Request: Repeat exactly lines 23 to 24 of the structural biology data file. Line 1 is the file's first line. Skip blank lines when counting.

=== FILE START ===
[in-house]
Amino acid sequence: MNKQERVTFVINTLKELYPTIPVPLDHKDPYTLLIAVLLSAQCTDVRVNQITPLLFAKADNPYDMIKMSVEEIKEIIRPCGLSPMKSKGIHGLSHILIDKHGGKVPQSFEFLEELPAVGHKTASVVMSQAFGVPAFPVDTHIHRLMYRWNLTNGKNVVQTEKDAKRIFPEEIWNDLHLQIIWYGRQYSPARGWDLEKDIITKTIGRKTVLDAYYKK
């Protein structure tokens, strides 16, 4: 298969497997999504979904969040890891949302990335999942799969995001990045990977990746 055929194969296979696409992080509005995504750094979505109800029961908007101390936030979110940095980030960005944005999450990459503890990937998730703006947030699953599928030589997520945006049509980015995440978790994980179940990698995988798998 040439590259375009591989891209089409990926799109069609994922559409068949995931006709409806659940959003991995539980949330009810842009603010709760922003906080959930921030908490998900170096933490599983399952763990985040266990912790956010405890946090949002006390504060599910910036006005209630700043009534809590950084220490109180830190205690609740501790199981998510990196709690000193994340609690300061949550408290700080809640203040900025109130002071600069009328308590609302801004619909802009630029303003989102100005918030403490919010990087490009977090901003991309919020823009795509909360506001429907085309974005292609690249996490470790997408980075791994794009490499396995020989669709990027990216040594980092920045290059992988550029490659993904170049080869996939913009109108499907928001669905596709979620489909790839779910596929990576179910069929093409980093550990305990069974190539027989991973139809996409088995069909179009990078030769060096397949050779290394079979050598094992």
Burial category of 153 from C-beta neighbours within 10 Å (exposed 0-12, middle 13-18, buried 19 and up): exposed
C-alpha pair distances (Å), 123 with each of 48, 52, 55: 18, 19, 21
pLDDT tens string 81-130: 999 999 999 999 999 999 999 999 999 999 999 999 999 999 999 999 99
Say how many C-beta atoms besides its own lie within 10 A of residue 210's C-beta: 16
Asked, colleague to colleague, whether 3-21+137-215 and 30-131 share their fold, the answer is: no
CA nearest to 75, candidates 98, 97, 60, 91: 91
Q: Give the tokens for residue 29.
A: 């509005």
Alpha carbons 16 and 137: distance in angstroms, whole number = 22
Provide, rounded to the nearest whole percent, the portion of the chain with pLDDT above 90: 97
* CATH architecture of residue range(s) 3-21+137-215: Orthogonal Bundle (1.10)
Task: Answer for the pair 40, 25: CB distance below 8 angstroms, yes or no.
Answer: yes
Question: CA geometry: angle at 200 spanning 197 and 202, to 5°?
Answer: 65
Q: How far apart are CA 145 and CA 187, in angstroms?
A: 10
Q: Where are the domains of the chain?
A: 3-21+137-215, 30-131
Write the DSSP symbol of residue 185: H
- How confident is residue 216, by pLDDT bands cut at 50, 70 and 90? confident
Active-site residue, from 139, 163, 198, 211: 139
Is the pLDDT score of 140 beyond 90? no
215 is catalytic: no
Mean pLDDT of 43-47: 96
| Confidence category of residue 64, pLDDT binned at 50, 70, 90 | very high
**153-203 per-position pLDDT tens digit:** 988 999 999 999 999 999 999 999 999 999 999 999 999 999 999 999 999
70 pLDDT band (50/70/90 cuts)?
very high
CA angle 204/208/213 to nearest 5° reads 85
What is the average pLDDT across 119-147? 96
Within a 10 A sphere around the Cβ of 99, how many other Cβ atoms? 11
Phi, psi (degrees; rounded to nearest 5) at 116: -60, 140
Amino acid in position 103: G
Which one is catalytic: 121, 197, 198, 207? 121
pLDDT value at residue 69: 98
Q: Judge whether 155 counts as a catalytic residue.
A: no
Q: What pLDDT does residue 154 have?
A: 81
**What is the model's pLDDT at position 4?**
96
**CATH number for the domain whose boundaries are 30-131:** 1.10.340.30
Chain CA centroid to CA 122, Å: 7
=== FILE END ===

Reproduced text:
Write the DSSP symbol of residue 185: H
- How confident is residue 216, by pLDDT bands cut at 50, 70 and 90? confident